Where do you start with the hardest and most bittersweet story you will ever have to write? The story of my little darling girl that died, the longed for baby that we tried for nearly three years to become pregnant with, the little sister our older daughter Bella was so excited to meet, to finally be like the other children in her class, all with siblings. The second child we would love with all our hearts and watch grow up, a last little cub to complete our family, that didn’t get to come home.
I guess I can start with her name, Xian Hui Hale (pronounced ‘Si-en Hu-ey’). I am half Malaysian-Chinese and this is the name my family chose for her out in Malaysia, as is tradition, in line with the time and date she was born. Her Chinese name would not have been her first name, and in fact it would not have been her name at all, if she had been born when she should have been, in late July/early August, rather than on April 13th 2017, when I was 24 weeks pregnant, without her heart beat. But there is so much to decide and fathom and navigate and survive when you have a stillborn baby and you can only do your best with what you have at the time.
Our oldest daughter is seven this month, and we started trying for a second baby at the start of 2014, when she was three years old. We suffered a miscarriage that summer and then could not get pregnant for nearly three years. We went through thousands of pounds of fertility treatment- that’s another story I told on Annabel’s nurturing platform, two years ago. How sad, that I also told the story, one year ago of juggling motherhood and business and included the fact, that I would soon be a mother of two, when I was expecting Xian Hui. And now, in 2018, I am telling the story of stillbirth and baby loss.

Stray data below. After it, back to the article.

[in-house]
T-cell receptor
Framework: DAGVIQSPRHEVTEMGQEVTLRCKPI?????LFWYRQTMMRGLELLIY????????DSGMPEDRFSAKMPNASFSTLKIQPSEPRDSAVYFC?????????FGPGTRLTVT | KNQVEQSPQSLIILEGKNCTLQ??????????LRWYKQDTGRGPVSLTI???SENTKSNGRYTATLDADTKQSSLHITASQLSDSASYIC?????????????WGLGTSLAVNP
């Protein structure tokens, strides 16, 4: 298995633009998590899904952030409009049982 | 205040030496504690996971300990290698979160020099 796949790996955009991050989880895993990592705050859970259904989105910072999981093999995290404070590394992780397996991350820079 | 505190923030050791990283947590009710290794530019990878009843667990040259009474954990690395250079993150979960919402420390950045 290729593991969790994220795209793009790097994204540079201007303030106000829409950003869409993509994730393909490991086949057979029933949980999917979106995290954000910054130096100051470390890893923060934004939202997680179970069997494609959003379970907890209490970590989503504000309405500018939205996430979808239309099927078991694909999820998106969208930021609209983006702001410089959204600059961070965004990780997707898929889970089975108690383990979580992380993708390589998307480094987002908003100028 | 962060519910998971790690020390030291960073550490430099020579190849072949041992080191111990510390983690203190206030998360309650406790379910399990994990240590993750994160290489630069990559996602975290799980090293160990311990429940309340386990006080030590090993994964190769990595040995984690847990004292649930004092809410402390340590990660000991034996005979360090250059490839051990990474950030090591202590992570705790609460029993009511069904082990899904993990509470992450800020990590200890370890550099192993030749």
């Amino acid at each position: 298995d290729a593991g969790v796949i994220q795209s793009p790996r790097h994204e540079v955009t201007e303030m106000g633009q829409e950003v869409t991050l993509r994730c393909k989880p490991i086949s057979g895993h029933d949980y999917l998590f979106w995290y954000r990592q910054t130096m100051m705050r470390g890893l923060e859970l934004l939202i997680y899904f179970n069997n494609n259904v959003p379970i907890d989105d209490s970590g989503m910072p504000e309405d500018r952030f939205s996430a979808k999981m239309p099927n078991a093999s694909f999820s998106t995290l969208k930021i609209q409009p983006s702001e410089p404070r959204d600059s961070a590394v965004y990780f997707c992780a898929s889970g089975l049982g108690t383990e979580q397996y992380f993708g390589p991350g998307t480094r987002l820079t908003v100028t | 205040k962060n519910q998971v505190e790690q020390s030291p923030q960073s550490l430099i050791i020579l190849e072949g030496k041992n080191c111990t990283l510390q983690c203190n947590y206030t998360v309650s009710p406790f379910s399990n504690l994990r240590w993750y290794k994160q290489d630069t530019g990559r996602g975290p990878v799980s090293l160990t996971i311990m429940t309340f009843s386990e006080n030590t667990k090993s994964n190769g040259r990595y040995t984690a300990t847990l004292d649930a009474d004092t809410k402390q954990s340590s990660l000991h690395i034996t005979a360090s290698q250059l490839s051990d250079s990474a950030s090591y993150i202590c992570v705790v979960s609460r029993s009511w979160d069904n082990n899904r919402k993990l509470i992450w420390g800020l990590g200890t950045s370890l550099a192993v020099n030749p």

– All four of us (I was about 10 weeks pregnant and feeling rough!) –
I think you could say the hand I have been dealt is officially, well, shit – I have suffered early miscarriage, secondary infertility and stillbirth. Others have experienced worse, much worse, but I think with stillbirth, you step into another level. The level of becoming ‘those people’, the people who’s baby died, the lady who had to deliver a dead baby.
No one wants to be that lady. No one knows what to be around that lady. But despite all of that, this is a story of resilience. It is Xian Hui’s story, my love story to her, another way that I can mark her existence in the world. I also want to raise awareness and understanding on the subject of baby loss and neonatal death and proclaim my solidarity for those, often quietly, grieving for a child. I want to break the taboo of talking about baby loss and still birth and not hiding it away – to offer a tiny glimmer of support for others going through these darkest of dark times too. I want others to know that you can find joy once again, life goes on and it can be good. The longing and sadness for that baby does not ever disappear, but you hope, laugh and enjoy yourself again – you can and you do.
I am nine months into this journey and I probably still cry most days – but those dark, early days, when I obsessively watched footage of a blackened, charred, Grenfell Tower burning against a perfect blue summer sky, the day after her funeral, because it was the closest representation of how I physically and mentally felt – are, I think (I hope!) now over.